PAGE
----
Samin Nosrat's 10 essential Persian recipes

Samin Nosrat, the author of 'Salt Fat Acid Heat' and star of the related Netflix show, prepares a Persian version of ...
Samin Nosrat, the author of 'Salt Fat Acid Heat' and star of the related Netflix show, prepares a Persian version of frittata. Photo: Con Poulos/The New York Times

"You may attend school in America," my mum regularly told me and my brothers when we were kids in our native San Diego, in the 1980s, "but when you come home, you're in Iran."

Accordingly, we spoke Farsi, and attended Persian school on Saturdays to learn to read and write the language; we listened to classical Persian setar music; and celebrated Nowruz, the Persian New Year.

But certainly, the most powerful form of cultural immersion we experienced was culinary. My mum, who left Iran in 1976, steeped us in the smells, tastes and traditions of Persian cuisine. She spent hours upon hours each week traversing not just San Diego but also Orange County and Los Angeles, over 100 miles away, in search of the flavours that reminded her of Iran. She taught us that regardless of what was going on in the news, home is home, and nothing can transport you there like taste.

In Irvine, she found a bakery making fresh sangak, a giant dimpled flatbread named for the pebbles that line the oven floor on which the slabs of dough are baked. She'd line us all up there on weekend mornings so that each of us could order the three-per-person maximum – 12 pieces being enough to justify the hour-and-a-half-long drive for bread.

Systematically, she bought and tasted every brand of plain yoghurt available at the grocery store, in search of the thickest, sourest one. She regularly packed us into our blue station wagon and drove across town to the international grocer, where she could have her choice of seven types of feta and buy fresh herbs by the pound rather than by the bunch.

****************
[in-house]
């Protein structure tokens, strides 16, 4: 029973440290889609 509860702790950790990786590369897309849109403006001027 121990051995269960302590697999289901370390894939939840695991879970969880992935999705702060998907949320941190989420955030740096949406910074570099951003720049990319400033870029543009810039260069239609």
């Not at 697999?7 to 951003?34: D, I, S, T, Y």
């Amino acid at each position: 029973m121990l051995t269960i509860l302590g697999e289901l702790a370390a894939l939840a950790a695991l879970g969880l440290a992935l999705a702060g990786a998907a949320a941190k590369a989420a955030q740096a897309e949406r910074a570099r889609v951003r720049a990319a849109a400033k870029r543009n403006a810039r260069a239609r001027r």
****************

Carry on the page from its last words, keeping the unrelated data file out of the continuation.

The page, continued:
Home is home, and nothing can transport you there like taste.

The cornerstone of every Persian meal is rice. Each day, my mum would unzip a five-kilogram burlap sack of rice – always basmati – and portion out a cup per person into a large bowl, rinsing and soaking it for hours before giving it a brief boil. Then she'd begin the sorcery required to make tahdig, the crispy rice crust by which every Persian cook's worth is measured.

Sometimes, she'd line the pot with lavash for a bread tahdig. On other occasions, when a special trip for bread wasn't possible, she'd use a readily available flour tortilla, which yielded similarly glorious results. Either way, she'd divide and serve the rice and tahdig, encouraging us kids to delay gratification and resist gobbling down that gloriously crunchy crust first. I never could.